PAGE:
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How to earn rewards when paying monthly bills

Summary

If you’re putting hundreds of dollars a month on a credit card for your monthly bills, make sure you’re using the best rewards credit card

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QuestionDear Cashing In,
What would be the best credit card choices to pay your monthly bills to gain rewards? Which ones would you benefit the most? – Dawayne

AnswerDear Dawayne,
For people who grew up accustomed to writing checks for many purchases, it can be tough to adopt a strategy of making as many purchases through credit cards as possible. But it is a sensible strategy, assuming you pay off your credit card bills on time and in full every month.

If you write a check, use online banking from a checking account or pay cash for something, you’re missing out on rewards that you could be earning by using a credit card.

So, the logical move is to charge everything you can. Surveys show that about three-quarters of people prefer paying with a credit or debit card, with about 1 in 10 preferring cash. Of course, you’ll want to be careful you aren’t charging more than you need, or than you would have if you were paying cash.

Options for paying your monthly bills

It makes sense to extend this principle to your monthly bills. And if you can find credit cards that award bonus points for your monthly bills, all the better.

Unfortunately, your options on credit cards with category bonuses on monthly bills are severely limited. The most common category bonuses on credit cards are for travel, restaurants, gas stations and grocery stores. Extra points on your municipal water bill? I don’t know of a card that has that.

Generally, your monthly bills fall into one of these three categories:

  • Can’t pay with credit card. Most loans cannot be paid with credit cards, including mortgages, auto loans and student loans. And you can’t pay a credit card bill with another credit card. If you rent, most landlords won’t let you charge your rent. There are some bill-pay services that allow you to use credit cards, but they usually charge a fee that makes charging them unwise for rewards purposes.
  • Can pay with credit card, but no rewards bonus. A lot of your utility bills and other monthly bills fall into this category, such as water, gas and electricity. When you pay those bills with a credit card, you might be assessed a convenience fee of a few dollars for the privilege of using card, so decide if that is still worth it for you. (I usually agree to it.)
  • Can pay with credit card and have category bonus. There is only one card bonus category I know of that comes in the form of a monthly bill, and that’s your cable, phone or internet bill. For the first quarter of 2018, Chase Freedom cardholders can get 5 percent back when paying their cable, phone and internet bill with their card. Also, several business credit cards offer those bills as a bonus category, including the Chase Business Ink Cash (no annual fee, 5 percent back on cable/phone/internet) and Chase Ink Business Preferred (annual fee: $95, 3 percent back on cable/phone/internet). Since bonus categories can change frequently, see our up-to-date list of the Best Rewards Credit Cards.

If you use AT&T for cable, internet or phone, you might look at the AT&T Universal Savings and Rewards Mastercard (no annual fee), which saves you 10 percent on your AT&T bill in the first year and 5 percent after that, up to $350 a year.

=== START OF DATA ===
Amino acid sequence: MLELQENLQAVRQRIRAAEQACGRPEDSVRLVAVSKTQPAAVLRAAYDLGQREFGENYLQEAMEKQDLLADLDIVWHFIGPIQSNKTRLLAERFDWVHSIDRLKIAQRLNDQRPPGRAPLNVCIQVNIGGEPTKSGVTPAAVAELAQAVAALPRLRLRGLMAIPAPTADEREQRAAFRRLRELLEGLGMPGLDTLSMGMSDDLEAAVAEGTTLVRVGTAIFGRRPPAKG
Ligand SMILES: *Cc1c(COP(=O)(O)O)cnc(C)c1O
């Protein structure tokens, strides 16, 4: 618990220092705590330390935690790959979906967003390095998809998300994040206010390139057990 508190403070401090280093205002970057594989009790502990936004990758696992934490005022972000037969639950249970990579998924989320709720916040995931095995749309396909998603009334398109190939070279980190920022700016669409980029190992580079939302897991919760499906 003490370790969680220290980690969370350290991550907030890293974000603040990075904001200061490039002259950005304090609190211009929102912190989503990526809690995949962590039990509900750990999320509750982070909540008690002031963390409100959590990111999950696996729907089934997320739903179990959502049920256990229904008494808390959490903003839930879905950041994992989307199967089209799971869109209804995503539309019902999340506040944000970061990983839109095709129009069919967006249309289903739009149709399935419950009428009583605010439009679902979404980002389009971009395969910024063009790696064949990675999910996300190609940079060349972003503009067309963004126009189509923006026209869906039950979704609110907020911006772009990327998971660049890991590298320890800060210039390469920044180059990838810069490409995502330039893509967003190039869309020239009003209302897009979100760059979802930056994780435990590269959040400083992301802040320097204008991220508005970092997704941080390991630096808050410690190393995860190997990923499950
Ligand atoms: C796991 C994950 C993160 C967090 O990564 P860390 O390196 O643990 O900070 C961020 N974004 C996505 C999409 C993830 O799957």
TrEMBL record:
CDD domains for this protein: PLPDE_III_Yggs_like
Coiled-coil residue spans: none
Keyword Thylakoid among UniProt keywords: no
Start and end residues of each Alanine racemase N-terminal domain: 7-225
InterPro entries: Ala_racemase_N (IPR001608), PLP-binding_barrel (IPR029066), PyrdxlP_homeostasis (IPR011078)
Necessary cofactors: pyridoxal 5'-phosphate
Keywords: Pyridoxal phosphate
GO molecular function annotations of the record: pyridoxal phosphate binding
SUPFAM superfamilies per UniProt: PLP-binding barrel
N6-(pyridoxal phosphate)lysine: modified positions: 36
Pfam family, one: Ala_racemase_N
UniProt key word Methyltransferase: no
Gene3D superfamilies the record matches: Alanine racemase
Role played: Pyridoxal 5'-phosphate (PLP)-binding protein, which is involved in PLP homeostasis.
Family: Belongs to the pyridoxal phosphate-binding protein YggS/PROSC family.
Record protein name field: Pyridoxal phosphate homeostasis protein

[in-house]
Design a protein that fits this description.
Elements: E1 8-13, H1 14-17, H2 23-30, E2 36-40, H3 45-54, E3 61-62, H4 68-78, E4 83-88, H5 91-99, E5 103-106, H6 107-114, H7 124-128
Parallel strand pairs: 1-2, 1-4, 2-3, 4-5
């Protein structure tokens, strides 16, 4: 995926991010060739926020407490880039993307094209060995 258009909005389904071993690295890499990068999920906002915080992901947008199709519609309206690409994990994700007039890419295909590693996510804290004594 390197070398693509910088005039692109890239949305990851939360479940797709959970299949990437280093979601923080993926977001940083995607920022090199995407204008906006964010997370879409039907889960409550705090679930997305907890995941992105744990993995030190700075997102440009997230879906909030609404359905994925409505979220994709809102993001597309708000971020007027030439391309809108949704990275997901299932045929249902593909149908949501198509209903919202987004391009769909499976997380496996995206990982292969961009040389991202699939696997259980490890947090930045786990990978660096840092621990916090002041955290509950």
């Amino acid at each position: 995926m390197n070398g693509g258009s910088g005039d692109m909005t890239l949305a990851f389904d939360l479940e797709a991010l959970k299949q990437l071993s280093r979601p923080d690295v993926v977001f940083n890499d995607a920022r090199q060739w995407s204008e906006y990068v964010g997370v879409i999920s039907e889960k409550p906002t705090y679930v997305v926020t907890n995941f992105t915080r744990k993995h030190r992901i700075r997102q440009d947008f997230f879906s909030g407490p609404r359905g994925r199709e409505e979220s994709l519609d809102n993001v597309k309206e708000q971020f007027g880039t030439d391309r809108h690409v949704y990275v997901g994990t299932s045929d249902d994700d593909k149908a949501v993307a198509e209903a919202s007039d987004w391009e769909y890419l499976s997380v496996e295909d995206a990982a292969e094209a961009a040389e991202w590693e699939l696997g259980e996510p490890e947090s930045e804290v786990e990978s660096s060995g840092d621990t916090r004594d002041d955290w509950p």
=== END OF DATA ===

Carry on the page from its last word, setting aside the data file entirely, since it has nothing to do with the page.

In addition, you might occasionally find a monthly bill that earns extra rewards on credit cards that rotate their bonus categories or allow you to choose bonus categories. For instance, the U.S. Bank Cash+ Visa (no annual fee) lets you choose two categories in which to earn 5 percent back, including “gyms/fitness centers.”

See related: A poll by CreditCards.com found that 3 percent cash back is a favorite perk among rewards card users.

Best card strategy

It probably doesn’t make sense to get a reward card just for the purpose of earning extra points on your phone bill or gym membership, because the amount you spend on those are probably meager compared with other categories. Some of those business cards, however, do offer cash back in other categories besides cable and phone.

It’s a good idea to keep a lookout for category bonuses on all of your cards, so you don’t miss out on a great rewards bump. In the last half of 2017, American Express cardholders who switched their cable, internet and phone bill to their AmEx card got 10 percent cash back.

When it comes to utilities and other bills you pay monthly, usually you can’t score you extra points. A more sensible strategy might be to find a reliable card that gives you a healthy reward rate on everything you buy. Most cards will offer 1 point or 1 percent back on spending in these “everything else” categories, but you can do better.

You might look at my column on the best flat-rate cash-back cards, which could come in handy on some of these routine monthly bills.

See related: How to avoid paying convenience fees on utility bills

What’s up next?

In Cash Back

How cash back credit cards work

An explanation of how cash back credit cards work; overview of flat and tiered earning rate structures for cash back credit cards, three components – percentage cash back, where extra cash can be earned and how rewards are delivered.

Published: January 29, 2018

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Credit Card Rate Report Updated: November 6th, 2019
Business
15.14%
Airline
17.01%
Cash Back
17.19%
Reward
17.03%
Student
17.23%

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